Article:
After the Reverend Graham took issue with the treatment of women and others within the Muslim faith, Costello suggested that Catholicism might be just as culpable as she responded: "I could say that about my own faith within Catholicism, right? I could."
On Monday's Erin Burnett OutFront, CNN National Correspondent Jason Carroll delivered a heavily one-sided report highlighting charges by the Council on American-Islamic Relations that GOP presidential candidates -- specifically naming Ben Carson, Chris Christie and Donald Trump -- have been partly to blame for inspiring a recent spate of attacks against Muslims in the U.S.
On her eponymously named Sunday morning show, MSNBC host Melissa Harris-Perry went into a mini-rant about racism in Star Wars as she complained about villain Darth Vader being "totally a black guy" when he was "cutting off white men's hands" who did not "claim his son," but then became a white man after he "claims his son and goes over to the good."
During a segment about the upcoming The Force Awakens sequel, after a discussion about Princess Leia's slave girl costume from the 1980s, the MSNBC host admitted to having mixed feelings about the popular movie series.
As he opened Sunday's Fareed Zakaria GPS on CNN, host Zakaria brought up his background as a secular Muslim as he condemned Donald Trump's "bigotry and demagoguery" in the show's regular "Fareed's Take" segment. At one point, he seemed to compare himself to secular German Jews who criticized Adolf Hitler in the 1930s as he referred to the diaries of Victor Klemperer and showed archival footage of Hitler inspiring an audience to chant, "Heil!"
On Friday's Andrea Mitchell Reports on MSNBC, as guest and NBC host Chuck Todd attempted to psychoanalyze Donald Trump supporters, host Mitchell compared Trump voters to those who supported segregationist Alabama Democratic Governor George Wallace in the 1968 presidential campaign, as she and Todd both suggested that Trump supporters believe America was "great" when it was more "majority white."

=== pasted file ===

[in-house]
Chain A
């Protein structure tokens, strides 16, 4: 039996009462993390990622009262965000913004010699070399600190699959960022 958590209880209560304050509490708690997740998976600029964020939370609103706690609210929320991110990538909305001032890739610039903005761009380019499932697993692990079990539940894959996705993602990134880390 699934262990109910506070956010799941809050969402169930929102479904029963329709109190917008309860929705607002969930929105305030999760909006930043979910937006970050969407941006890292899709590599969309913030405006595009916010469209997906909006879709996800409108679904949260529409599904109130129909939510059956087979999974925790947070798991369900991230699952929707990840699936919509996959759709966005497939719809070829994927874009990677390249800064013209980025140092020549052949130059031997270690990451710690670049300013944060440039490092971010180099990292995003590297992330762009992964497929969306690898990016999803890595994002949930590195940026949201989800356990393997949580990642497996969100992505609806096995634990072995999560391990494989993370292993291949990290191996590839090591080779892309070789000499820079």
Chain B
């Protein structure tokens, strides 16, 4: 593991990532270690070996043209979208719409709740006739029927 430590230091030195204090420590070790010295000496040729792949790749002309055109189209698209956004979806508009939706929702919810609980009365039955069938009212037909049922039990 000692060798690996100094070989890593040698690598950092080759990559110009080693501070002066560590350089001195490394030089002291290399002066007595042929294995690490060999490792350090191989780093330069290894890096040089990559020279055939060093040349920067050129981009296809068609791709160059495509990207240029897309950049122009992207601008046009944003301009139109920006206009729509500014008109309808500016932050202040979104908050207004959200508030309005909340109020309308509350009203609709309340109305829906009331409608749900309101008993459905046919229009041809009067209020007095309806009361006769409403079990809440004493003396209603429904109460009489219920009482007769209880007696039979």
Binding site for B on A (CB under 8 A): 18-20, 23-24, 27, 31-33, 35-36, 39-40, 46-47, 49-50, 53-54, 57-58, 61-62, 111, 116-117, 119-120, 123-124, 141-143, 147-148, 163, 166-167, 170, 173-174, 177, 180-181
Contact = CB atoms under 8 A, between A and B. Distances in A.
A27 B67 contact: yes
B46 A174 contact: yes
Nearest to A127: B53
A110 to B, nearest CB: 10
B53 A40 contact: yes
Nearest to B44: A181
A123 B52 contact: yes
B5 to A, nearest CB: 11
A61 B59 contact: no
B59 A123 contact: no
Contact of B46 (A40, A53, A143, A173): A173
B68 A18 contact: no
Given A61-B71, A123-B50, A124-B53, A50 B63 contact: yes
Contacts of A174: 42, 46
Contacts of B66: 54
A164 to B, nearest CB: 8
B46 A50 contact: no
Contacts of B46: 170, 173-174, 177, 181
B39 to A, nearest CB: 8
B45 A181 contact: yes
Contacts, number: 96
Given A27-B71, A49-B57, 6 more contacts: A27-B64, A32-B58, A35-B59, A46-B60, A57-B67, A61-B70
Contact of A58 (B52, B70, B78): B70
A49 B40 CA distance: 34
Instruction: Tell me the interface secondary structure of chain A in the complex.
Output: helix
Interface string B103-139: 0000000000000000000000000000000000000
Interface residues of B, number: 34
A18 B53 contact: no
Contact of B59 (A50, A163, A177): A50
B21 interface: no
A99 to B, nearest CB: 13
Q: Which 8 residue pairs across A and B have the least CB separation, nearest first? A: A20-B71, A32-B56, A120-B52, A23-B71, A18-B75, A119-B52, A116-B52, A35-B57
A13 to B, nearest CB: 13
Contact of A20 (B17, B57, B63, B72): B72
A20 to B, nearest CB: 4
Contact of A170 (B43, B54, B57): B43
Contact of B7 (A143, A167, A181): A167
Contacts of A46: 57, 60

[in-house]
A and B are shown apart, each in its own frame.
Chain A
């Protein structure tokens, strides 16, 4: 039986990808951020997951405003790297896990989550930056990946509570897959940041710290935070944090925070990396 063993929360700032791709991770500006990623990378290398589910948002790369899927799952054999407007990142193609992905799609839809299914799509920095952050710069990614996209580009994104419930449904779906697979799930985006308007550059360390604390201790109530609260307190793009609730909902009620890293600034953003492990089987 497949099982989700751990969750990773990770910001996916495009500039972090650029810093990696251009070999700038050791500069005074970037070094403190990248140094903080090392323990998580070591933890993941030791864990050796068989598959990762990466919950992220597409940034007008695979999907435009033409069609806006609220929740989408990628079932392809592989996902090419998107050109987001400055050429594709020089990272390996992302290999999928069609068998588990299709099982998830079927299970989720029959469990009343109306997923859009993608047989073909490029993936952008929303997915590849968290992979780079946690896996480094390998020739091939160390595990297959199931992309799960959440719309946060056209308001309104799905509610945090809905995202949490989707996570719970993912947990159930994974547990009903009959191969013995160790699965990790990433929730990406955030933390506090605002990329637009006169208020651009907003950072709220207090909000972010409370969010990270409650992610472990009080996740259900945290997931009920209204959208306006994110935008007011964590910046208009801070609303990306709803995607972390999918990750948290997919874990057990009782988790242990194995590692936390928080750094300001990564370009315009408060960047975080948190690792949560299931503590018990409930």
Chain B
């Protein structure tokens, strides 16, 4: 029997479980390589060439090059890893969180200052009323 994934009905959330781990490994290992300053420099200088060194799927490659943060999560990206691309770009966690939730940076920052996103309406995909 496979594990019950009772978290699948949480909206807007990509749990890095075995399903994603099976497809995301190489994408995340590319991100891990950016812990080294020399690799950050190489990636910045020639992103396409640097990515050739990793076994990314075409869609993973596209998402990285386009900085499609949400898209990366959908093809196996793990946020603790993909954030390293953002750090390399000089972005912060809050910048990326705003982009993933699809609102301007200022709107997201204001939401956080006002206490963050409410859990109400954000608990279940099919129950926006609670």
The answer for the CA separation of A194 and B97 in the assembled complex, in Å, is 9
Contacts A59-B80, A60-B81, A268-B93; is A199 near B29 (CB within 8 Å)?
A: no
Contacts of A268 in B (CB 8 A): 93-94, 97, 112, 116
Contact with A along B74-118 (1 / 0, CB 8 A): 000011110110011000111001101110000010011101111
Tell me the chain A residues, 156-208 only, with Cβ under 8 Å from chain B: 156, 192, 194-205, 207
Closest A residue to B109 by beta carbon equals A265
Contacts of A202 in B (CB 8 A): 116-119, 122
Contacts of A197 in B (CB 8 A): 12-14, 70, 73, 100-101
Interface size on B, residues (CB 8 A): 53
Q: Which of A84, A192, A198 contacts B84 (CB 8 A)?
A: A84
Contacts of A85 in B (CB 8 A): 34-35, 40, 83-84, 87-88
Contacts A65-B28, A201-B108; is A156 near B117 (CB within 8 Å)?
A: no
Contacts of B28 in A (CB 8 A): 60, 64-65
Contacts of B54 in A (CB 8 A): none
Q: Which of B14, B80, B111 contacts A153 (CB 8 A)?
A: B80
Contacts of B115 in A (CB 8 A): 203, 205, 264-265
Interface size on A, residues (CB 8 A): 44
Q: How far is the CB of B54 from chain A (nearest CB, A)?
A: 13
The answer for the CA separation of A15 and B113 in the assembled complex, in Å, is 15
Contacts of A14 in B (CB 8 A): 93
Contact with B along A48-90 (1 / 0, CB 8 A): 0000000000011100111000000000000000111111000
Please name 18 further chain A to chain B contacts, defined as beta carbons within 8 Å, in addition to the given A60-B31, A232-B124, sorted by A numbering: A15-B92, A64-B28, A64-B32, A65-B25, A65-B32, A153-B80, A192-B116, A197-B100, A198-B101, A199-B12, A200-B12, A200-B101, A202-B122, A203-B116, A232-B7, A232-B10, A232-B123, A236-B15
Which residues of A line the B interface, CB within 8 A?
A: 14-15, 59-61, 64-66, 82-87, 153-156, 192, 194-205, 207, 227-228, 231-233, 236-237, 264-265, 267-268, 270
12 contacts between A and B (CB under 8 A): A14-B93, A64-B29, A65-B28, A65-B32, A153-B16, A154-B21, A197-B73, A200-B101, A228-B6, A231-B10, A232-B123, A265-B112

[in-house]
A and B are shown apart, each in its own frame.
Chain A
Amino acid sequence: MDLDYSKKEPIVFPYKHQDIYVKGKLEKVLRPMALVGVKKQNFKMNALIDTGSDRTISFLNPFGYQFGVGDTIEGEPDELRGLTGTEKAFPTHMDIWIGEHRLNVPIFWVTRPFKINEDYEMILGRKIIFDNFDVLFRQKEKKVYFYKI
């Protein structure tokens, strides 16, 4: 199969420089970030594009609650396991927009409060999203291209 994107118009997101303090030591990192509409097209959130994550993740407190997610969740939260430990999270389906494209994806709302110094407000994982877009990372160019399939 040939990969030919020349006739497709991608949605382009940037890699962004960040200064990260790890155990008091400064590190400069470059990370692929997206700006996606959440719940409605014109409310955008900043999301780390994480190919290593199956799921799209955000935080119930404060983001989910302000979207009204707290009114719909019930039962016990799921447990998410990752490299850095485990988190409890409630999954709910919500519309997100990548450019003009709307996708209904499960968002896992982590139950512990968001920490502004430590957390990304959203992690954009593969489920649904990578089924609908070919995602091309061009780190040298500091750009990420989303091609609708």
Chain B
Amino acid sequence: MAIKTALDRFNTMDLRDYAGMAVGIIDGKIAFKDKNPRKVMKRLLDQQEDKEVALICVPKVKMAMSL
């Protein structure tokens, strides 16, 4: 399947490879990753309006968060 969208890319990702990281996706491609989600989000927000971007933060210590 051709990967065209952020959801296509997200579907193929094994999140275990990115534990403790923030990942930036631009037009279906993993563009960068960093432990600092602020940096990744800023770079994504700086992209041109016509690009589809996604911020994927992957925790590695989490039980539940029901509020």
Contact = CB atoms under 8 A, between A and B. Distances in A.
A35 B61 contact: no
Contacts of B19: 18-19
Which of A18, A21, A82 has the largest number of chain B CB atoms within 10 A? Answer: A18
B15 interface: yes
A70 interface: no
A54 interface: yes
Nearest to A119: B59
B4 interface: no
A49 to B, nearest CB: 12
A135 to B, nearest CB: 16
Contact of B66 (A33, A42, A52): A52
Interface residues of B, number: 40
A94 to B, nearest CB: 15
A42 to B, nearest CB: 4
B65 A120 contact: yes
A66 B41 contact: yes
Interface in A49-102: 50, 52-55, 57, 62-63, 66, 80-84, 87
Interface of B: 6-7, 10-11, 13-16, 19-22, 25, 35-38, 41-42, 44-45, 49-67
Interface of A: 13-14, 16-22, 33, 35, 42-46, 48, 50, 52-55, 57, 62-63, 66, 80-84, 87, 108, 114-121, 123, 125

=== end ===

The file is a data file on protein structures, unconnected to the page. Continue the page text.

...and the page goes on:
It may sound like a parody, but CNN Newsroom on Friday actually ran a piece highlighting the plight of Satanists seeking greater acceptance of their beliefs in the predominantly Judeo-Christian U.S. as a preview of this Sunday's edition of This is Life on CNN.
As This is Life host Lisa Ling appeared live at the end of the 2:00 p.m. hour of CNN Newsroom with Brooke Baldwin, Ling ended up recalling the case of a woman who viewed Satanists as defenders of "civil rights" and joined their group as the mother blamed the "imposition of Christian values" at school for her gay son committing suicide.
On Thursday's Legal View with Ashleigh Banfield on CNN, host Banfield joined CNN legal analyst Paul Callan and Joey Jackson of HLN -- sister network to CNN -- in deriding conservative Supreme Court Justice Antonin Scalia for recently referencing an argument against affirmative action in higher education admissions.
As HLN legal analyst Jackson called Justice Scalia's remarks "disturbing" and "offensive," Callan asserted that the conservative justice "sounded a little nutty," and Banfield declared that "I cannot believe I'm hearing those words from a Supreme Court justice."